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Pennsylvania Magistrate: What Happens When Sued At A Magistrate?

Pennsylvania magistrate, also known as Magisterial District Courts or small claims court, handle civil cases that are less than $12,000, landlord and tenant complaints, as well as criminal cases.  This article will focus on on civil complaints filed at the magistrate.

1: Service of the complaint

If you have received notice for certified mail from your MDJ (Magisterial District Judge), the plaintiff is trying to serve you with a complaint. The Plaintiff is the party who files the complaint.  If you (the defendant) do not sign for the certified mail, the postal service will ask you to pick up the certified mail at the local post office.  As an alternative, you can go to the local magistrate and pick up the complaint. If you do not receive the complaint, the magistrate will then send out a sheriff to serve you personally.  Having a sheriff serve you may be embarrassing, but do not be afraid.  The sheriff is not there to arrest you, but simply to ensure that the complaint was delivered by the rules of civil procedure.

2: The civil complaint

The civil complaint used in Pennsylvania magisterial district courts is a one page form that is completed by the plaintiff.  The complaint will state a brief description why the Plaintiff filed the lawsuit. It will also contain the amount of money the plaintiff is asking for as well as the court fees.  Sometimes the Plaintiff will attached certain documents with the complaint, but it is not required.  The complaint also contains a notice that you need to tell the magistrate whether you intend to defend the case or not.  Most magistrates will let you call then to give notice or you can send the form that comes with the complaint that says you intend to defend the case.  After you notify the magistrate, they will in turn notify the plaintiff that you will be defending the case. If you do not notify the magistrate, and show up for the hearing, they will have to reschedule the case because the Plaintiff was not informed that you would be there.  If you do not send in in your intent to defend and do not go to the hearing, the Plaintiff will win by default and doesn’t even have to show up!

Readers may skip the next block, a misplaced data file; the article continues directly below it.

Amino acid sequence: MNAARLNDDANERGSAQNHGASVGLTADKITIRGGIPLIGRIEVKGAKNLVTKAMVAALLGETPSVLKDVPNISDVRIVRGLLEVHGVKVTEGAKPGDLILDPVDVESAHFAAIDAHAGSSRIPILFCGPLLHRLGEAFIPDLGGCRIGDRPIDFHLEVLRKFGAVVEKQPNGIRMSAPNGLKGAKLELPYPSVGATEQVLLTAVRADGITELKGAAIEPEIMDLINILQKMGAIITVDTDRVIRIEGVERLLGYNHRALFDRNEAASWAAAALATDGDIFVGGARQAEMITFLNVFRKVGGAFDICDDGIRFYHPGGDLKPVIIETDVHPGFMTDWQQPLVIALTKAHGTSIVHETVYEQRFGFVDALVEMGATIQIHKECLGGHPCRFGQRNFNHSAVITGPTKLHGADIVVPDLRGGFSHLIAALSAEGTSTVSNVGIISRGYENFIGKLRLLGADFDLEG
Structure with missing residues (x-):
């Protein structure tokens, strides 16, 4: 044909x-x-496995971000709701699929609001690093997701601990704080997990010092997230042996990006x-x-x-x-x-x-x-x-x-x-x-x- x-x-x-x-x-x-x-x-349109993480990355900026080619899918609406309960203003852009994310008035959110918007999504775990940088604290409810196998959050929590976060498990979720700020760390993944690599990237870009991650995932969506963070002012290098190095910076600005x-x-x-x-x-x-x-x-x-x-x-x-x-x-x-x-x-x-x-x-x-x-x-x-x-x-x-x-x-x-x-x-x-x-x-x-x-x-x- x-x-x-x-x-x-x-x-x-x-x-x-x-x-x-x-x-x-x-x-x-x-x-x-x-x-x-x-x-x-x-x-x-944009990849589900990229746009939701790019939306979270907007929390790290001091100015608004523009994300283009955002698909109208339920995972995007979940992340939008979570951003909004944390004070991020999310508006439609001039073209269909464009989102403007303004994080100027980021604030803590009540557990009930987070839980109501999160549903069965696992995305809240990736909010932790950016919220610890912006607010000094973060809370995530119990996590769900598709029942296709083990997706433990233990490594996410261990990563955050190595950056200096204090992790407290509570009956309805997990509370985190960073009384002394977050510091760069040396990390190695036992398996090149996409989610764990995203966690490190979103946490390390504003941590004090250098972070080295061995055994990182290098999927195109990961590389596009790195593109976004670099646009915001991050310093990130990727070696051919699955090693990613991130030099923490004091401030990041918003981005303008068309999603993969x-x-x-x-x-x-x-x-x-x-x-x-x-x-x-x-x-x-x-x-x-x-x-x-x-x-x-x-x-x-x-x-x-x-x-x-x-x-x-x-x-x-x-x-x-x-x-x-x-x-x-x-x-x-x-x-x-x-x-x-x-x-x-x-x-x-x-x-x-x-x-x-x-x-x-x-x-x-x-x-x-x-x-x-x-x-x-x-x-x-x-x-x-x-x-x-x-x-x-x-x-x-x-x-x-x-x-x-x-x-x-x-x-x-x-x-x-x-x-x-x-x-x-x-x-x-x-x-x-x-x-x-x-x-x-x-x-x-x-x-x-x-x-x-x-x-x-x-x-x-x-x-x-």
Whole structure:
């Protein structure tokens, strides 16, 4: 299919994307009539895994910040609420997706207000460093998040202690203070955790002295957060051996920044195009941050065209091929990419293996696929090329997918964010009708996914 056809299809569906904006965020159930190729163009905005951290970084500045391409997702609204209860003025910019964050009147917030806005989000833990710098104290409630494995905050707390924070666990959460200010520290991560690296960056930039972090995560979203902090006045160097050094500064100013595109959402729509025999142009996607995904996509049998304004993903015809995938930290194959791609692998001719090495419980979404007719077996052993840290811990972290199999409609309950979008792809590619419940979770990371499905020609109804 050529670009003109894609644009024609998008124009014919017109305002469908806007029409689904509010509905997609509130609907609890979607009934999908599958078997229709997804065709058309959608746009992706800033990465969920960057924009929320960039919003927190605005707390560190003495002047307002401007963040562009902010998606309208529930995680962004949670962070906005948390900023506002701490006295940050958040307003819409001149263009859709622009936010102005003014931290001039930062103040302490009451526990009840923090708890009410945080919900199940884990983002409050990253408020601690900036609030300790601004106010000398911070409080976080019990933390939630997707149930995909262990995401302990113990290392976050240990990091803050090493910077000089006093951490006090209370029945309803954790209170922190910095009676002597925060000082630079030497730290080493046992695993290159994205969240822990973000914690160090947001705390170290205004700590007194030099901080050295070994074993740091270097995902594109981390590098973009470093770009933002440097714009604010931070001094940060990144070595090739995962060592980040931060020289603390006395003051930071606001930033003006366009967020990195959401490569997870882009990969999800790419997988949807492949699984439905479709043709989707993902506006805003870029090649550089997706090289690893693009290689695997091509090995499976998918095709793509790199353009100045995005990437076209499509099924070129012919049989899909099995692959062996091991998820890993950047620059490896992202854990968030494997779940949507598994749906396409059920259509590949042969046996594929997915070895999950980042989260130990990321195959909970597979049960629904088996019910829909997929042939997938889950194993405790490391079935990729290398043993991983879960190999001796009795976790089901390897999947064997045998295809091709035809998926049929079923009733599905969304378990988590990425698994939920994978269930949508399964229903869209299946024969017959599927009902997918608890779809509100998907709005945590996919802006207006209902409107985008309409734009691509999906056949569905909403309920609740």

Many people do not hire an attorney for the hearing at the magistrates, so often times neither the plaintiff or defendant is represented.  If you do hire an attorney they will send in their “Entry of Appearance.” This lets the court and the other party know that an attorney will be representing you.  Depending on the type of case that you have, an attorney can represent you without you being at the hearing.  This happens most often when the attorney does not plan to introduce facts or evidence and is simply arguing that the other party does not have enough information to meet the burden of proof.

Contact a Fenters Ward Attorney for Help with Magistrate Lawsuits Below

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